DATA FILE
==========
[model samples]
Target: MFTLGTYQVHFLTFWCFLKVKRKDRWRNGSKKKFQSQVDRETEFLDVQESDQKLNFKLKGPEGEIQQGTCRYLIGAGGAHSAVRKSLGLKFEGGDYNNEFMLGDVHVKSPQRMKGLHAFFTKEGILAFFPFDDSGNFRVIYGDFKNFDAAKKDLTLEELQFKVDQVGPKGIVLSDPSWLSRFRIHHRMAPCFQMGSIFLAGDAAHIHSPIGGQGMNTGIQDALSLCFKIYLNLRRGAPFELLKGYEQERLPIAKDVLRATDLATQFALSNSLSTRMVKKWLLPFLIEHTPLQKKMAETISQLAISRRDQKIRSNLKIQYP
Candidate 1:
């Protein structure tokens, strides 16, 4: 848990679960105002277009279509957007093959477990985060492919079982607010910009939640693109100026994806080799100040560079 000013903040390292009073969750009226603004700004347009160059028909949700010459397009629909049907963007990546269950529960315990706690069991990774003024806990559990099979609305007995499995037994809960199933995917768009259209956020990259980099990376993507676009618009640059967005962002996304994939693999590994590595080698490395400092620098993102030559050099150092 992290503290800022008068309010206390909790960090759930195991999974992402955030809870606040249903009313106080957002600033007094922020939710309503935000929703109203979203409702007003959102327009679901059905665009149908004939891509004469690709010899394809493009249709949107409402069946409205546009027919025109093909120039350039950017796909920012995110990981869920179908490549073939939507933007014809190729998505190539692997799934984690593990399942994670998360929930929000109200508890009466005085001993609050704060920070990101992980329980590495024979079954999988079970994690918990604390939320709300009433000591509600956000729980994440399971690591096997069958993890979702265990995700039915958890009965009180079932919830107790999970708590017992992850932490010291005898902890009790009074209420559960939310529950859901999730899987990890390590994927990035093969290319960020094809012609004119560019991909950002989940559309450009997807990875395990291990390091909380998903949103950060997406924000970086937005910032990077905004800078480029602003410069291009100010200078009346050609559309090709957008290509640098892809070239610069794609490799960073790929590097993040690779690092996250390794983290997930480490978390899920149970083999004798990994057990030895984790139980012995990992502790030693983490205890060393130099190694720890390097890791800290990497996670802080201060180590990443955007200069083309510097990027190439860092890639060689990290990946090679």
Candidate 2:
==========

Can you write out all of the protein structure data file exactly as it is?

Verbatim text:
[model samples]
Target: MFTLGTYQVHFLTFWCFLKVKRKDRWRNGSKKKFQSQVDRETEFLDVQESDQKLNFKLKGPEGEIQQGTCRYLIGAGGAHSAVRKSLGLKFEGGDYNNEFMLGDVHVKSPQRMKGLHAFFTKEGILAFFPFDDSGNFRVIYGDFKNFDAAKKDLTLEELQFKVDQVGPKGIVLSDPSWLSRFRIHHRMAPCFQMGSIFLAGDAAHIHSPIGGQGMNTGIQDALSLCFKIYLNLRRGAPFELLKGYEQERLPIAKDVLRATDLATQFALSNSLSTRMVKKWLLPFLIEHTPLQKKMAETISQLAISRRDQKIRSNLKIQYP
Candidate 1:
């Protein structure tokens, strides 16, 4: 848990679960105002277009279509957007093959477990985060492919079982607010910009939640693109100026994806080799100040560079 000013903040390292009073969750009226603004700004347009160059028909949700010459397009629909049907963007990546269950529960315990706690069991990774003024806990559990099979609305007995499995037994809960199933995917768009259209956020990259980099990376993507676009618009640059967005962002996304994939693999590994590595080698490395400092620098993102030559050099150092 992290503290800022008068309010206390909790960090759930195991999974992402955030809870606040249903009313106080957002600033007094922020939710309503935000929703109203979203409702007003959102327009679901059905665009149908004939891509004469690709010899394809493009249709949107409402069946409205546009027919025109093909120039350039950017796909920012995110990981869920179908490549073939939507933007014809190729998505190539692997799934984690593990399942994670998360929930929000109200508890009466005085001993609050704060920070990101992980329980590495024979079954999988079970994690918990604390939320709300009433000591509600956000729980994440399971690591096997069958993890979702265990995700039915958890009965009180079932919830107790999970708590017992992850932490010291005898902890009790009074209420559960939310529950859901999730899987990890390590994927990035093969290319960020094809012609004119560019991909950002989940559309450009997807990875395990291990390091909380998903949103950060997406924000970086937005910032990077905004800078480029602003410069291009100010200078009346050609559309090709957008290509640098892809070239610069794609490799960073790929590097993040690779690092996250390794983290997930480490978390899920149970083999004798990994057990030895984790139980012995990992502790030693983490205890060393130099190694720890390097890791800290990497996670802080201060180590990443955007200069083309510097990027190439860092890639060689990290990946090679």
Candidate 2: